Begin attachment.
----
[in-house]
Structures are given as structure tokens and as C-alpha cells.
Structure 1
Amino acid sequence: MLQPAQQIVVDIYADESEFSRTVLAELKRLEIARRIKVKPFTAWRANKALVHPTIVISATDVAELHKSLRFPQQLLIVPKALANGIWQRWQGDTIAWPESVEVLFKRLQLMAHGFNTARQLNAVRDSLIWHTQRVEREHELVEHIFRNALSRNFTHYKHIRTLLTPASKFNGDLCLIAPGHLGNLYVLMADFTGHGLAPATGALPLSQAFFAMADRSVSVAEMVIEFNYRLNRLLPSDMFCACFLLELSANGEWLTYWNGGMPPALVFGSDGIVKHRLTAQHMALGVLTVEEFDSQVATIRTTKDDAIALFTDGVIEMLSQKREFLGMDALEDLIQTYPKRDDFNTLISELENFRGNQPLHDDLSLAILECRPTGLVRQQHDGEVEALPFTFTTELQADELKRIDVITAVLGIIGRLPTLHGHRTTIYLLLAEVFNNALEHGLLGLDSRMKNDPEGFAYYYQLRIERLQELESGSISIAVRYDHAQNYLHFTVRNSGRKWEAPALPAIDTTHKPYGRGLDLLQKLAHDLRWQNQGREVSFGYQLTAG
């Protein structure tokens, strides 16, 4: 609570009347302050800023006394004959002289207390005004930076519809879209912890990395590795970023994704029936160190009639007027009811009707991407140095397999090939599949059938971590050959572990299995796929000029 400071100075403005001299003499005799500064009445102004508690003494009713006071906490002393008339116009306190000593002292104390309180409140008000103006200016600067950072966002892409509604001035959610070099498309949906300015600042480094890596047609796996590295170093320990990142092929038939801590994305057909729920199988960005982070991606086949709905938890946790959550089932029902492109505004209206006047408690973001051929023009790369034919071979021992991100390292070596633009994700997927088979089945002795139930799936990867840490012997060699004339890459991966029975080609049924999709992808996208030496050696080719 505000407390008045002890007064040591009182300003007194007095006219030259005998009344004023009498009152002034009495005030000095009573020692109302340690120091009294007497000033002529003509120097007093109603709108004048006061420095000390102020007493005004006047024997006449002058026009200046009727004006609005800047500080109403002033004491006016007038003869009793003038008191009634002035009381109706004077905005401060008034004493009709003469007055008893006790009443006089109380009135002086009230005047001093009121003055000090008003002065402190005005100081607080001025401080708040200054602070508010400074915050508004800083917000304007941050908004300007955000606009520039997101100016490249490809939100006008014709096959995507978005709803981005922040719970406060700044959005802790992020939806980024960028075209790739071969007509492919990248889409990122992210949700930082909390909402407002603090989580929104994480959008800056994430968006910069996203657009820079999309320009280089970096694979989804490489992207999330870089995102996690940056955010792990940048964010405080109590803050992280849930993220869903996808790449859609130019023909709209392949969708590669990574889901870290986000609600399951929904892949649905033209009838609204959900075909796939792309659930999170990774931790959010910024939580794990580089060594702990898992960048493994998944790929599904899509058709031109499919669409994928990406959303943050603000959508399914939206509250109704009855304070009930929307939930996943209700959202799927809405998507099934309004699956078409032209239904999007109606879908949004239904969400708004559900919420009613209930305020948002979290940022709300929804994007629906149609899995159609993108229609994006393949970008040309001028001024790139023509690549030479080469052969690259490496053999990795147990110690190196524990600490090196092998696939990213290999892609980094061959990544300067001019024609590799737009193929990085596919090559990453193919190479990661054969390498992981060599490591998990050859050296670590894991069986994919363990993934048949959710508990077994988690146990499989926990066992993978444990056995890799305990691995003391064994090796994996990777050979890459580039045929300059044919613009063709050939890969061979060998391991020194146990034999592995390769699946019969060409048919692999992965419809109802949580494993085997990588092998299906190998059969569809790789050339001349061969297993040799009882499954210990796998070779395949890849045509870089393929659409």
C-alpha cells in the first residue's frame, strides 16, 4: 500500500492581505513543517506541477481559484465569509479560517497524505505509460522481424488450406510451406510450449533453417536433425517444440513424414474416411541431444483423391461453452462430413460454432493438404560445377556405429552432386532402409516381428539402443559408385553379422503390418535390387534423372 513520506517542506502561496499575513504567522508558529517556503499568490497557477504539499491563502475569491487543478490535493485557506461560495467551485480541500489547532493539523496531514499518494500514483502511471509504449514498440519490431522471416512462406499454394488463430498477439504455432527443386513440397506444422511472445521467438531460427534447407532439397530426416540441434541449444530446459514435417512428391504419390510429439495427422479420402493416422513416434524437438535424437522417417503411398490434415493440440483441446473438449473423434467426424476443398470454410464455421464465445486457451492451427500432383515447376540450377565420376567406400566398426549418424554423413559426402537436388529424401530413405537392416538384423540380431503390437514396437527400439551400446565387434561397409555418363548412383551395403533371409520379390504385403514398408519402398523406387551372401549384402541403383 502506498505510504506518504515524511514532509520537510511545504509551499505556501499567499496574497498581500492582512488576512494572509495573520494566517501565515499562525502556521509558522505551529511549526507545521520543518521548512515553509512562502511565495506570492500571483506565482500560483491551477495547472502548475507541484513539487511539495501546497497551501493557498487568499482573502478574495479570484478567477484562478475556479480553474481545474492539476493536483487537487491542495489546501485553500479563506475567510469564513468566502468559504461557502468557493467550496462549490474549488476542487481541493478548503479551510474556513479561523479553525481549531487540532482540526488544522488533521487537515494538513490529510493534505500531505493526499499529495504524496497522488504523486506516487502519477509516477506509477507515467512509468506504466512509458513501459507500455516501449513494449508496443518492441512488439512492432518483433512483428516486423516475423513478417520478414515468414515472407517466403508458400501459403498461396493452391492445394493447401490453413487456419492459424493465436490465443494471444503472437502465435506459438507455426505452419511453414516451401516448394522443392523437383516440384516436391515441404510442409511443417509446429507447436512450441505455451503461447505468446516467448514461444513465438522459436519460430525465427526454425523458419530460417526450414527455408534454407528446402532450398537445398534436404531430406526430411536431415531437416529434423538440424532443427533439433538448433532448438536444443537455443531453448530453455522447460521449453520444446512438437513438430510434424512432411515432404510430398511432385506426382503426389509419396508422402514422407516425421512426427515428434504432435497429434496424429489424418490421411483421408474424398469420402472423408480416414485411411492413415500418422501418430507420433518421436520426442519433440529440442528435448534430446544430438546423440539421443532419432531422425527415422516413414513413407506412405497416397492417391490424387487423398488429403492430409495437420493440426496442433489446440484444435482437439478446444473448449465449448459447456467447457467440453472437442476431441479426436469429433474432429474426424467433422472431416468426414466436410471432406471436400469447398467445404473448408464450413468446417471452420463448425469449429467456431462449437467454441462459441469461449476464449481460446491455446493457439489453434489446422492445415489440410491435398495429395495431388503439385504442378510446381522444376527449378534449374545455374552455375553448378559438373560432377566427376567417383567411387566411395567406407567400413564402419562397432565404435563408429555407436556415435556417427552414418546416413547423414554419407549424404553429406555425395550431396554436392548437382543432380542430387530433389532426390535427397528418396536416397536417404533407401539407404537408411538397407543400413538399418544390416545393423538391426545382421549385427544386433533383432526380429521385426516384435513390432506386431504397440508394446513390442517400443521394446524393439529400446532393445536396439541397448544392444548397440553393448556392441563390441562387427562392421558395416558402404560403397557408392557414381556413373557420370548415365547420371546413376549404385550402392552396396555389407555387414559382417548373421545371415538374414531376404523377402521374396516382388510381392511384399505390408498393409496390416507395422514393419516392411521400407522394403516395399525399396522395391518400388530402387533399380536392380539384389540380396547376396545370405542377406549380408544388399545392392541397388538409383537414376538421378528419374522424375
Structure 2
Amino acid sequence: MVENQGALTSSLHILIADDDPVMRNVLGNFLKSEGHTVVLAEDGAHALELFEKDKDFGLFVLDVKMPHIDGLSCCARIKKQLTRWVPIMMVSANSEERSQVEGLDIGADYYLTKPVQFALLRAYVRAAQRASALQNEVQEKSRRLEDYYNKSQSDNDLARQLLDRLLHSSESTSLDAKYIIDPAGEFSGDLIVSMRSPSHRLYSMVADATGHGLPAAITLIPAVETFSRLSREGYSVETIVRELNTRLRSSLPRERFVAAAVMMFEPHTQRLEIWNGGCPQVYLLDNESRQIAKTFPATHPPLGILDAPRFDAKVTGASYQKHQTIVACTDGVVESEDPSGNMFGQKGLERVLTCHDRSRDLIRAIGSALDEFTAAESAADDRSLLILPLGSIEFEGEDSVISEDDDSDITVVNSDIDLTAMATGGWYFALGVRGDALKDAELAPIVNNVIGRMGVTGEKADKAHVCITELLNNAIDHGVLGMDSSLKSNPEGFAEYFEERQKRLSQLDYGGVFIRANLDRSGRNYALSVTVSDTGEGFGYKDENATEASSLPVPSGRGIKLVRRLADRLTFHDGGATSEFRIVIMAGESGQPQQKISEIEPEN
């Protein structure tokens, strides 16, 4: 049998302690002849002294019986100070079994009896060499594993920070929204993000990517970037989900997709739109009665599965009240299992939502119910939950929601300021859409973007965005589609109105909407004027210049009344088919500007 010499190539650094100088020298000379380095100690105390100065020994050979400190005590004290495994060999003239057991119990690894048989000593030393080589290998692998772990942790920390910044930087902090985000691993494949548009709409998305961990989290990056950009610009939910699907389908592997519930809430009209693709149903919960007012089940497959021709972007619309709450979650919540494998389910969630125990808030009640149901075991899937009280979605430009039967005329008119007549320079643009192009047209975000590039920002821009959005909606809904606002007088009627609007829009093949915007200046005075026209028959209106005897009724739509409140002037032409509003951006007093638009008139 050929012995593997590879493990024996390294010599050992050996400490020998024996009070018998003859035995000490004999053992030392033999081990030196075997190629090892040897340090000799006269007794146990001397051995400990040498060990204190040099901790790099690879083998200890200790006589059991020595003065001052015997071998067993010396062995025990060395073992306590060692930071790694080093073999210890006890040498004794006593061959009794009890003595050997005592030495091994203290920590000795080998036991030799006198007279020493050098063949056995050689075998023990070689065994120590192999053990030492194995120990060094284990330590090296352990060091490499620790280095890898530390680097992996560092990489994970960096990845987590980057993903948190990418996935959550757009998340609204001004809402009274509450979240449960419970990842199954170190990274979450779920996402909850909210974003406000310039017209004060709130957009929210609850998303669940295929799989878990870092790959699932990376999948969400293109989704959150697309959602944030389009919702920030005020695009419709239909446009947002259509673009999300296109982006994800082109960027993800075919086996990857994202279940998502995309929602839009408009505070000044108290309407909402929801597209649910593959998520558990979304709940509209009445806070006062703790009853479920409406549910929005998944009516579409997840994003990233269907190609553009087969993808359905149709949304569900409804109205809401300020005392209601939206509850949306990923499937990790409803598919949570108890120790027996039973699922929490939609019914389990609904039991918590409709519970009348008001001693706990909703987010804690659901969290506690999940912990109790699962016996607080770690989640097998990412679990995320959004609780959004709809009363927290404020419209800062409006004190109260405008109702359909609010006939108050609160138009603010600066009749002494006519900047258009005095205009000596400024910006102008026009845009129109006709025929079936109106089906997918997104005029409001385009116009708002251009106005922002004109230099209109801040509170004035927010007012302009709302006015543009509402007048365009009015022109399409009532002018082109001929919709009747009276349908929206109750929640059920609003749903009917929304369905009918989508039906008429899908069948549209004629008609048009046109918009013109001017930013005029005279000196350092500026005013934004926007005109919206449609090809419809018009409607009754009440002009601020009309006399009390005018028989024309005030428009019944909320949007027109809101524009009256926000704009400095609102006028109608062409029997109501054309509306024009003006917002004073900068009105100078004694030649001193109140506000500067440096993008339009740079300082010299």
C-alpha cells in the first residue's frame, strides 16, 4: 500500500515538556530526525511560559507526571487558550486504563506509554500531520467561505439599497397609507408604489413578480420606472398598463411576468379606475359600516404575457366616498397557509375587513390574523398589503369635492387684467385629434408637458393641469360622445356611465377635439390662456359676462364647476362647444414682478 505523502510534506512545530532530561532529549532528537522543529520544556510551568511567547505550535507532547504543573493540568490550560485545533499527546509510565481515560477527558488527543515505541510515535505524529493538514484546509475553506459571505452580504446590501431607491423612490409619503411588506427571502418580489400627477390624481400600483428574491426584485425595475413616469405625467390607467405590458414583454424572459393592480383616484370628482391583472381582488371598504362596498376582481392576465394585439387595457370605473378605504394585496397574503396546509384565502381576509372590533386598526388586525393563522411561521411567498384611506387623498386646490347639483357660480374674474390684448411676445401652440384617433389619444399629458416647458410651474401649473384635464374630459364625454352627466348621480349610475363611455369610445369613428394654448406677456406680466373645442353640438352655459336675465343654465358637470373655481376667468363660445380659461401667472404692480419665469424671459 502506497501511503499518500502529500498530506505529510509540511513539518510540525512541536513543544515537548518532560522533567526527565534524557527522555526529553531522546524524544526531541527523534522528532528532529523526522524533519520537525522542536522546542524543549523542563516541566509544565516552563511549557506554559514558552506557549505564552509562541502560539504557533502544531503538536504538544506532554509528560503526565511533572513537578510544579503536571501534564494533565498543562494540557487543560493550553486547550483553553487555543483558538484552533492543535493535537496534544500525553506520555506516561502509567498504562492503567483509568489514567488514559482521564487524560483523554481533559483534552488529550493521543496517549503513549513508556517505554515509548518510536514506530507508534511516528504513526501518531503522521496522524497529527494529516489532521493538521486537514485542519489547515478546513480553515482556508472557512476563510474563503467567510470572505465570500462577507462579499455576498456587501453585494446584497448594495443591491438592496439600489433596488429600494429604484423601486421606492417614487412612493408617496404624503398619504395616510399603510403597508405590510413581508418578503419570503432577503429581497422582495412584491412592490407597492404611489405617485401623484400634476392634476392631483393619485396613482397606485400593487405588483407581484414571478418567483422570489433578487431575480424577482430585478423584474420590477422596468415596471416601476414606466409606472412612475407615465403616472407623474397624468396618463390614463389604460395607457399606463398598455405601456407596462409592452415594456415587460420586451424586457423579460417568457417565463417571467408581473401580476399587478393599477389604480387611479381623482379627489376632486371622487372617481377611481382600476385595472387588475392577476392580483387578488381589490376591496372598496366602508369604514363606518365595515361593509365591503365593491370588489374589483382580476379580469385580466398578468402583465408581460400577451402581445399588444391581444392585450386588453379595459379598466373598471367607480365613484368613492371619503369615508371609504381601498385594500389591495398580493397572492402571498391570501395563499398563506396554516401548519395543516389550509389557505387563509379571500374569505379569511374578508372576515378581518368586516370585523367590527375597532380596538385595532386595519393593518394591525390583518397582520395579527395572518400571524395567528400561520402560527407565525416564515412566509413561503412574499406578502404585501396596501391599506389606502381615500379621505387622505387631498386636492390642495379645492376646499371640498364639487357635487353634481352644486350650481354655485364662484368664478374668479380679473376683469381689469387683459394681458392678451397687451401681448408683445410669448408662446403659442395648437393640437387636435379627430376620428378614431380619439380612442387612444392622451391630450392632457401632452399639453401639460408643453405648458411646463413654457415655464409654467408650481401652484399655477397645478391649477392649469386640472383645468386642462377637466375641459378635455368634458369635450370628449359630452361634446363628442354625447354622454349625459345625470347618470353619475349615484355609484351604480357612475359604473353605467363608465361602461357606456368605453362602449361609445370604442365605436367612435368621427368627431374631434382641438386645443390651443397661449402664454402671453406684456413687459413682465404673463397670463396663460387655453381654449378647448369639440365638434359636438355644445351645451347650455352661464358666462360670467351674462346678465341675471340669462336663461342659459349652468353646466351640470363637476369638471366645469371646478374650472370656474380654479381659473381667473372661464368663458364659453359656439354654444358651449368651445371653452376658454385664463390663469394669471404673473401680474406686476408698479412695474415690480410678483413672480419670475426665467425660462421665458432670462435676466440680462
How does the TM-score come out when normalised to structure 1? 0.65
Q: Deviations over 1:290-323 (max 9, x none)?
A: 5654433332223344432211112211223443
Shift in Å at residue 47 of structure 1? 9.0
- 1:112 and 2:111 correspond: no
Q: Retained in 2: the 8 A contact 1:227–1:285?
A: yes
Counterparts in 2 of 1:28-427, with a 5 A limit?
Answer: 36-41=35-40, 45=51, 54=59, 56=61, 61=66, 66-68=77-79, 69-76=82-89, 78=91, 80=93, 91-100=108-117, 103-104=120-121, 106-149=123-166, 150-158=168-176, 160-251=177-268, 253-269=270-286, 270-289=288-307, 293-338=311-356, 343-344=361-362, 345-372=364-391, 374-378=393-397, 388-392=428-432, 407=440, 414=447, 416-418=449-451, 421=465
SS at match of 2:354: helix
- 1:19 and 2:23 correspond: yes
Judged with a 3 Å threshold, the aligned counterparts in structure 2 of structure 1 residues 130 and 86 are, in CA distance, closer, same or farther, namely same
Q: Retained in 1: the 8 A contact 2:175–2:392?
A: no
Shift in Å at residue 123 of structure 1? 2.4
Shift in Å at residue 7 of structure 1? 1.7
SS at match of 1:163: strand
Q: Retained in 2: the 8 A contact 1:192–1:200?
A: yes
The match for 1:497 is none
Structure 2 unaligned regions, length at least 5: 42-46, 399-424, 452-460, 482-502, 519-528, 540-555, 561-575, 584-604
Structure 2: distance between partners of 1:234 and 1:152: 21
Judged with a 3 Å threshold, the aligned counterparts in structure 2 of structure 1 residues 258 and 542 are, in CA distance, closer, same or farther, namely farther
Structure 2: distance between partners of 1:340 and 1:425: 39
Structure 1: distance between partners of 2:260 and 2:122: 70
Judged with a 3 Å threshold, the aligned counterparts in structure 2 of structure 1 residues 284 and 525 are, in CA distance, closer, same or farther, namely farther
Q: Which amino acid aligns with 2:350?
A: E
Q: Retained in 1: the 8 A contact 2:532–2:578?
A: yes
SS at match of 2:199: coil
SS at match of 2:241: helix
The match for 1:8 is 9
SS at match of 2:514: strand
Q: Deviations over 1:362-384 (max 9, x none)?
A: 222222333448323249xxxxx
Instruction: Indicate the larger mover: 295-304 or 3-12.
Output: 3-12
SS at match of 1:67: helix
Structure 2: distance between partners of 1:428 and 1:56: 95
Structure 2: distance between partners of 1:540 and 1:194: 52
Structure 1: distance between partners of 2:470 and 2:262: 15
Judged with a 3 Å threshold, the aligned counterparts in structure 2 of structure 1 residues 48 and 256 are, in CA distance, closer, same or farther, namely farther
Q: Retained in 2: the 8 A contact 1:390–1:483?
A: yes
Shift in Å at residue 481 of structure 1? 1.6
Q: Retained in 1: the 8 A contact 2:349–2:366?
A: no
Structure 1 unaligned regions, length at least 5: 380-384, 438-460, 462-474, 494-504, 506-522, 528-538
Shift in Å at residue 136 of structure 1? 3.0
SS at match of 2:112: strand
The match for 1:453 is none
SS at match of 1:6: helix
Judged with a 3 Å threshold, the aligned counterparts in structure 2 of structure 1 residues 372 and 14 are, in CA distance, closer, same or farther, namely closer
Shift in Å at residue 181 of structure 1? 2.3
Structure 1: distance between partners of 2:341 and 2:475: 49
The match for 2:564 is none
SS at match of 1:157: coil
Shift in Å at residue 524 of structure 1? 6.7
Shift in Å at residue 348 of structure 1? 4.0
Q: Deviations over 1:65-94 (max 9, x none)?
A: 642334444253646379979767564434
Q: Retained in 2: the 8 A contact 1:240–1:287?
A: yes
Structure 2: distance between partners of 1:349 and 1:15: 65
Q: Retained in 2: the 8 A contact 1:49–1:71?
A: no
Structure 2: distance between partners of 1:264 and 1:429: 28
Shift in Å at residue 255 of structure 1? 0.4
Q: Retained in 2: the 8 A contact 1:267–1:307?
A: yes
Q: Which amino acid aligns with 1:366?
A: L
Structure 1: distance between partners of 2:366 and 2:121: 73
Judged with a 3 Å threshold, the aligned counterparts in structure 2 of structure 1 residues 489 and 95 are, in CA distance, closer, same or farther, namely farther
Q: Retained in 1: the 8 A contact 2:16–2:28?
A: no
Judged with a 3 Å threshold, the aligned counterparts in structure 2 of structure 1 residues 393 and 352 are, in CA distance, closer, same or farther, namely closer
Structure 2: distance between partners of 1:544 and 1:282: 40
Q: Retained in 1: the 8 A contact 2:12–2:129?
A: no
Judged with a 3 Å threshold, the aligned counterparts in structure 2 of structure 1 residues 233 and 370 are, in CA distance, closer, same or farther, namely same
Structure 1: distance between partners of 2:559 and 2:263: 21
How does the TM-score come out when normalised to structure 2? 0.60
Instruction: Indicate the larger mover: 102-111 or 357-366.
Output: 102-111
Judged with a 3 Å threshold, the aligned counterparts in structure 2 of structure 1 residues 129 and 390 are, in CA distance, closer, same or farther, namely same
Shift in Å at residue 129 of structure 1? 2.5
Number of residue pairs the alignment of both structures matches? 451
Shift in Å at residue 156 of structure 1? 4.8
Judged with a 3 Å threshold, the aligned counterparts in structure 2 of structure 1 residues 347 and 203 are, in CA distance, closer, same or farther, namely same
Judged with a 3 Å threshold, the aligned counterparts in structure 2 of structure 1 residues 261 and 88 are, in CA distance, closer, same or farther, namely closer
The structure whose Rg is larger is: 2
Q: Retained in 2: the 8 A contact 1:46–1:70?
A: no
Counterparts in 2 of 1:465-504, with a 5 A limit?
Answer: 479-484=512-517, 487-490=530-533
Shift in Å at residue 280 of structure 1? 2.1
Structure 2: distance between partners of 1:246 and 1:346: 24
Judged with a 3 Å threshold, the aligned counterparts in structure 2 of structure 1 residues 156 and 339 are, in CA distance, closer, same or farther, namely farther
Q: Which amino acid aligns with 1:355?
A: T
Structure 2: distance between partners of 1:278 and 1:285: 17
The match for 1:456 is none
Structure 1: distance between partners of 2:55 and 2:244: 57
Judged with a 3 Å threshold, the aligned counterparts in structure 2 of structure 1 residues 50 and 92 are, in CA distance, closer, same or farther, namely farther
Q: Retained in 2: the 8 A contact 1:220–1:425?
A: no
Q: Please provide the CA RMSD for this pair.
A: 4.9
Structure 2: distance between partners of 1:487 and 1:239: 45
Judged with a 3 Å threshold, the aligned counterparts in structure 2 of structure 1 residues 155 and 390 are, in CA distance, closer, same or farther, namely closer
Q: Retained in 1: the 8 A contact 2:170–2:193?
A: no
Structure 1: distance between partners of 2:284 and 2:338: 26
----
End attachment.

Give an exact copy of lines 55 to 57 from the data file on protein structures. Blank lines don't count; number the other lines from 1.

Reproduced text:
A: yes
Shift in Å at residue 481 of structure 1? 1.6
Q: Retained in 1: the 8 A contact 2:349–2:366?